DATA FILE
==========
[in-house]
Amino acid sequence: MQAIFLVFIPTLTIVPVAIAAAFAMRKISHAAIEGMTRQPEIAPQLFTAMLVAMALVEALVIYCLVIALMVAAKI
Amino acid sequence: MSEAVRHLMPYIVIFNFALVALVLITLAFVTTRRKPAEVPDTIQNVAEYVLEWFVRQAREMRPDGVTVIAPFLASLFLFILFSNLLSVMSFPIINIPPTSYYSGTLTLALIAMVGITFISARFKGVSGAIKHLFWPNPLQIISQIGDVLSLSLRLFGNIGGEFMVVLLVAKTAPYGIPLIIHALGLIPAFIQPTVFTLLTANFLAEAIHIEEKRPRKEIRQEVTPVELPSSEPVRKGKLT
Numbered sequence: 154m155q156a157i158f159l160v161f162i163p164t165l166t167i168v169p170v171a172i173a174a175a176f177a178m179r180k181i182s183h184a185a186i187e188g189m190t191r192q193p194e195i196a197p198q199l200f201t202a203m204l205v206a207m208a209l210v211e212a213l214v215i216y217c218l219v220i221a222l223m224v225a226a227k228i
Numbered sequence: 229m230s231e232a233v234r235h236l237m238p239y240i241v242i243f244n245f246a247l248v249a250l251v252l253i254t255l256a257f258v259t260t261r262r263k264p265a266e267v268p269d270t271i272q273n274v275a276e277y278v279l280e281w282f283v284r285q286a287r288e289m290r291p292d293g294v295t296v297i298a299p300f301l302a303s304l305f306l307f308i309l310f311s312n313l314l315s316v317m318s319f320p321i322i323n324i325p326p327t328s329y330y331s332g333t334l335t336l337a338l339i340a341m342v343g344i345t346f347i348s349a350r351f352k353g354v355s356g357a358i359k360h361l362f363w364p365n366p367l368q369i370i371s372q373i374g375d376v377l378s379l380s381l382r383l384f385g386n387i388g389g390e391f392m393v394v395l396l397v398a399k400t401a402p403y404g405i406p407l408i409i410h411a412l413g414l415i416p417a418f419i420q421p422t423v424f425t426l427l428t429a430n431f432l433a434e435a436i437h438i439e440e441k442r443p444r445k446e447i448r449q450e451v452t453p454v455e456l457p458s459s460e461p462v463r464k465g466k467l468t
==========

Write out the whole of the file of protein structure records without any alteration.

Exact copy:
[in-house]
Amino acid sequence: MQAIFLVFIPTLTIVPVAIAAAFAMRKISHAAIEGMTRQPEIAPQLFTAMLVAMALVEALVIYCLVIALMVAAKI
Amino acid sequence: MSEAVRHLMPYIVIFNFALVALVLITLAFVTTRRKPAEVPDTIQNVAEYVLEWFVRQAREMRPDGVTVIAPFLASLFLFILFSNLLSVMSFPIINIPPTSYYSGTLTLALIAMVGITFISARFKGVSGAIKHLFWPNPLQIISQIGDVLSLSLRLFGNIGGEFMVVLLVAKTAPYGIPLIIHALGLIPAFIQPTVFTLLTANFLAEAIHIEEKRPRKEIRQEVTPVELPSSEPVRKGKLT
Numbered sequence: 154m155q156a157i158f159l160v161f162i163p164t165l166t167i168v169p170v171a172i173a174a175a176f177a178m179r180k181i182s183h184a185a186i187e188g189m190t191r192q193p194e195i196a197p198q199l200f201t202a203m204l205v206a207m208a209l210v211e212a213l214v215i216y217c218l219v220i221a222l223m224v225a226a227k228i
Numbered sequence: 229m230s231e232a233v234r235h236l237m238p239y240i241v242i243f244n245f246a247l248v249a250l251v252l253i254t255l256a257f258v259t260t261r262r263k264p265a266e267v268p269d270t271i272q273n274v275a276e277y278v279l280e281w282f283v284r285q286a287r288e289m290r291p292d293g294v295t296v297i298a299p300f301l302a303s304l305f306l307f308i309l310f311s312n313l314l315s316v317m318s319f320p321i322i323n324i325p326p327t328s329y330y331s332g333t334l335t336l337a338l339i340a341m342v343g344i345t346f347i348s349a350r351f352k353g354v355s356g357a358i359k360h361l362f363w364p365n366p367l368q369i370i371s372q373i374g375d376v377l378s379l380s381l382r383l384f385g386n387i388g389g390e391f392m393v394v395l396l397v398a399k400t401a402p403y404g405i406p407l408i409i410h411a412l413g414l415i416p417a418f419i420q421p422t423v424f425t426l427l428t429a430n431f432l433a434e435a436i437h438i439e440e441k442r443p444r445k446e447i448r449q450e451v452t453p454v455e456l457p458s459s460e461p462v463r464k465g466k467l468t